“I remember him as being quiet but very intelligent and diligent,” said one professor, who declined to give his name.
After graduating, Shahzad was granted a work visa.
He got married in 2008 and became a naturalized citizen on April 17, 2009.
Before moving to Bridgeport, Shahzad lived in a two-story colonial home in Shelton, Conn.
He purchased the house in 2004 and took out a $218,400 mortgage. But the house went into foreclosure last year.
That wasn’t the end of his money woes. Shahzad also was sued last year by Hoffman Fuel for $793.14, records show.
Neighbor Brenda Thurman, 37, said Shahzad dressed nicely and claimed to work on Wall Street.
Thurman said she spoke sporadically with Shahzad and that it took three years for the wife to admit she too spoke English.
“They seemed a little strange but not to the point of this,” Thurman said.
Thurman added that he left the family’s home every morning, wearing a shirt and tie.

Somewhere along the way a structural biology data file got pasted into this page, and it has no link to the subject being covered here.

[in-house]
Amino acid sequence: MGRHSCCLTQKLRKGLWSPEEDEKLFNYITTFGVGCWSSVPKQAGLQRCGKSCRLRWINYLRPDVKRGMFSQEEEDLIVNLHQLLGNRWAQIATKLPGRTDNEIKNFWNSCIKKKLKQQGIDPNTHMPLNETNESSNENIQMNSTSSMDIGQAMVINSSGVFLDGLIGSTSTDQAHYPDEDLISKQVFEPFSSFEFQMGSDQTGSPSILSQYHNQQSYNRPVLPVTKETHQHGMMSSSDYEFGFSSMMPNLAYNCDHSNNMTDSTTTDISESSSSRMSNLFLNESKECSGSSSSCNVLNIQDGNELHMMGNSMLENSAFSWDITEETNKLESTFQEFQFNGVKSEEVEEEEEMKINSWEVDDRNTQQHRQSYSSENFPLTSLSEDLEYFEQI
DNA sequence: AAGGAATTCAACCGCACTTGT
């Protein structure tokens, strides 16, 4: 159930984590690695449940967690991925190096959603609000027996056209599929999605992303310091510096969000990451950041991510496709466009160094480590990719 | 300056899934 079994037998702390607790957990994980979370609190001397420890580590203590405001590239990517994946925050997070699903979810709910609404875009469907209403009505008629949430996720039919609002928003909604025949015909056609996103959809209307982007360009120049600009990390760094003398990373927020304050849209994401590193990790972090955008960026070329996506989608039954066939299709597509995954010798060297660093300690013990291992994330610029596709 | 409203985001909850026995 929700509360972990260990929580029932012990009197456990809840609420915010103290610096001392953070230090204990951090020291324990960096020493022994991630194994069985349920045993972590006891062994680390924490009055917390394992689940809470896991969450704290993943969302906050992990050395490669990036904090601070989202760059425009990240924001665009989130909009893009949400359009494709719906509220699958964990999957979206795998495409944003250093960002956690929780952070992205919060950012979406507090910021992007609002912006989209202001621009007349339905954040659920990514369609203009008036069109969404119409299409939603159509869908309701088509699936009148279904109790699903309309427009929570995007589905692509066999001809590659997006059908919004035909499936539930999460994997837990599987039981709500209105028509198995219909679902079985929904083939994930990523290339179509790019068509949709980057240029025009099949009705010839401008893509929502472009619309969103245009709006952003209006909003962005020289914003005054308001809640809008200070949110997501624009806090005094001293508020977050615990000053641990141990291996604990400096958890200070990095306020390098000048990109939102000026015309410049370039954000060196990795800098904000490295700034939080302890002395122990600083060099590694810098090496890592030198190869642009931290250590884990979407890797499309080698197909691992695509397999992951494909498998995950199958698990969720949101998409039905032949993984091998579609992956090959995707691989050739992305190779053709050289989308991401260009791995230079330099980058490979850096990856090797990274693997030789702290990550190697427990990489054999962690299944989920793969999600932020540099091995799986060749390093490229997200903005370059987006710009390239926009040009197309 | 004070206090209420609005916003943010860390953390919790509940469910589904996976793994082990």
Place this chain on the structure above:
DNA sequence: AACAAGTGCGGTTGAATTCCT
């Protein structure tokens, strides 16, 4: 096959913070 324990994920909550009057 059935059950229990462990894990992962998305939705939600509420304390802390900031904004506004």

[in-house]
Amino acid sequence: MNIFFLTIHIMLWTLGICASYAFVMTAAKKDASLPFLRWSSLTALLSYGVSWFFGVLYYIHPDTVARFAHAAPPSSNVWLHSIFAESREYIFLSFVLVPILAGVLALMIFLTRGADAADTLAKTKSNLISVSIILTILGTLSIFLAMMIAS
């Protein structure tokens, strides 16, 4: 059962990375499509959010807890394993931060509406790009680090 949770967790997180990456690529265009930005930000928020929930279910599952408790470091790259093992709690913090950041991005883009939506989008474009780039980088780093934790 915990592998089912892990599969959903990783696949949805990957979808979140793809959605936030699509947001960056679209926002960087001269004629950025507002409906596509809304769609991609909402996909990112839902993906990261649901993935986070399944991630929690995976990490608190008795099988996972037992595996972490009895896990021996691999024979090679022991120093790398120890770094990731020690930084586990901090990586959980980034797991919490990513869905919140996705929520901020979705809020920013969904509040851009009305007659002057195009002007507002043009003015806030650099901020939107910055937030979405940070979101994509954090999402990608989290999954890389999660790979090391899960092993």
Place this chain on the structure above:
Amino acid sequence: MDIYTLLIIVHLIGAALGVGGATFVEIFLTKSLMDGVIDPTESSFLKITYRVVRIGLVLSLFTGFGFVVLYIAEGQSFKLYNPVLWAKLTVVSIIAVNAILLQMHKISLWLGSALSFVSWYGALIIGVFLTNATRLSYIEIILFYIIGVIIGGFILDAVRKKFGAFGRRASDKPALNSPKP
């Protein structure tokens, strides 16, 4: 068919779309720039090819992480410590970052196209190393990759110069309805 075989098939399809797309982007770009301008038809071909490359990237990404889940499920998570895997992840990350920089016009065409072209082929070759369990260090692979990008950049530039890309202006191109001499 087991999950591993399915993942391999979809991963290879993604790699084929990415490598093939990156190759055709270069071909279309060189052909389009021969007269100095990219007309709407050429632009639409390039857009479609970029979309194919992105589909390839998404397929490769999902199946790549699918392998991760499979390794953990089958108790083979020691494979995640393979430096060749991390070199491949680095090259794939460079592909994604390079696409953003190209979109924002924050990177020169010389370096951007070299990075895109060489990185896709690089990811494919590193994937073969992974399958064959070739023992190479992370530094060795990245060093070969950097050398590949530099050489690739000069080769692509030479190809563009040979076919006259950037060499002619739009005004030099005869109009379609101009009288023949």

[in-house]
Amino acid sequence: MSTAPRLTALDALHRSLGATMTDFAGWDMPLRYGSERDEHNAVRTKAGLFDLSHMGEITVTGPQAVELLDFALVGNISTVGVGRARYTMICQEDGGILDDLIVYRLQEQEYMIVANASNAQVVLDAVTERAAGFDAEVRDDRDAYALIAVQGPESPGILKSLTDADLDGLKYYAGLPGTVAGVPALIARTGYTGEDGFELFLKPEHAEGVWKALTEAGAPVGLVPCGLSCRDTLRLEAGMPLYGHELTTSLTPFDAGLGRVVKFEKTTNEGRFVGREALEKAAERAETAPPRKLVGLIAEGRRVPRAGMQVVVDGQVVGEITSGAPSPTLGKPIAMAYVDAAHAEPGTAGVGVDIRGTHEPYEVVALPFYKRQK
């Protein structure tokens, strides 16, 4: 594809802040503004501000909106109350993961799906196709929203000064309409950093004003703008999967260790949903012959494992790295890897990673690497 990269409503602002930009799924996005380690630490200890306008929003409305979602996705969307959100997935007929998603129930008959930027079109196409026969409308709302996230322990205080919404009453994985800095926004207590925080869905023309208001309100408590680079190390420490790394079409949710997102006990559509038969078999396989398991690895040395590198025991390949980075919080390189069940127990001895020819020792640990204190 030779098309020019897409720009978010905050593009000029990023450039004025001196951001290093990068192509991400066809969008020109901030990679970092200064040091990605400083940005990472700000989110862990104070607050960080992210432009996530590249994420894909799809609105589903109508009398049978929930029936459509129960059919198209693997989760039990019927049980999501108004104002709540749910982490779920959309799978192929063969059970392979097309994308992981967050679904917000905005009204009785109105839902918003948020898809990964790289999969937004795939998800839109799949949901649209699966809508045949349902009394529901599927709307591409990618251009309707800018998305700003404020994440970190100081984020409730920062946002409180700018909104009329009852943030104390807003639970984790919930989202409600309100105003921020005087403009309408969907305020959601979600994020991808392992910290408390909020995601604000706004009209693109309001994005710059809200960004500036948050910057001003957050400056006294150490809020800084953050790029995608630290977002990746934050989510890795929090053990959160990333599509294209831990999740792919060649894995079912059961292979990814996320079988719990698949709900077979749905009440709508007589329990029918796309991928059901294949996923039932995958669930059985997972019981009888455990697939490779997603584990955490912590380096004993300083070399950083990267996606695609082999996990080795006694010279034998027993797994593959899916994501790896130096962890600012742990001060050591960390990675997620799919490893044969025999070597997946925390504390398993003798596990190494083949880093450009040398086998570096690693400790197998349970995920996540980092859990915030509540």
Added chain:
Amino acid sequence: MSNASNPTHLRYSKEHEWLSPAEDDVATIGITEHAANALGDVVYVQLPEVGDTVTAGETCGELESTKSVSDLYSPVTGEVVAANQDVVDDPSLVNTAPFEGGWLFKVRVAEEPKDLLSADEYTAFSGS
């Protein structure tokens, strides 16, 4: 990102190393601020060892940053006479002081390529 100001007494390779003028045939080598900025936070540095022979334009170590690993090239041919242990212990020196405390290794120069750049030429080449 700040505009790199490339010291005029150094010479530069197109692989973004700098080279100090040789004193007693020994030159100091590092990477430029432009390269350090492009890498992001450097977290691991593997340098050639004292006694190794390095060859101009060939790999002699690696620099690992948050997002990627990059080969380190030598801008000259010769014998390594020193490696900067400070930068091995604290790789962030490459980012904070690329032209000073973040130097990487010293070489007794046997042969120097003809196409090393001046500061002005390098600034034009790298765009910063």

“Other than that he didn’t come out much,” Thurman said. He said he didn’t like daylight. When he came out at night he was always in black, full length dress. He would go jogging like that. I thought it was strange.”
By Chris Walters
When J&J's McNeil Consumer Healthcare Unit announced a recall of children's Tylenol, Motrin, Zyrtec and Benadryl over the weekend, it also provided a toll free number you could call for more info. Ron Lieber at the New York Times called it on Saturday to find out how the refund process would work. What he got was a three minute recording telling him to throw the products in the trash, but nothing else.
It had to have occurred to someone at McNeil that people were going to want to know how to get their money back. But rather than come right out and say on the first version of its Web site that it didn’t have a system set up quite yet to handle refunds, it simply said nothing. As a result, many parents probably threw the medicine in the trash, only to have to go digging through the banana peels and coffee grinds later when they discovered they needed information from the product labels in order to apply for refunds or coupons for replacement products.”
If you bought some of the recalled medicine and want your money back, try one of the following options:
By Joshua Holmes
United States Attorney General Eric Holder announced on Monday that Faisal Shahzad has been arrested for trying to set off a bomb at Times Square in New York City according to CNN.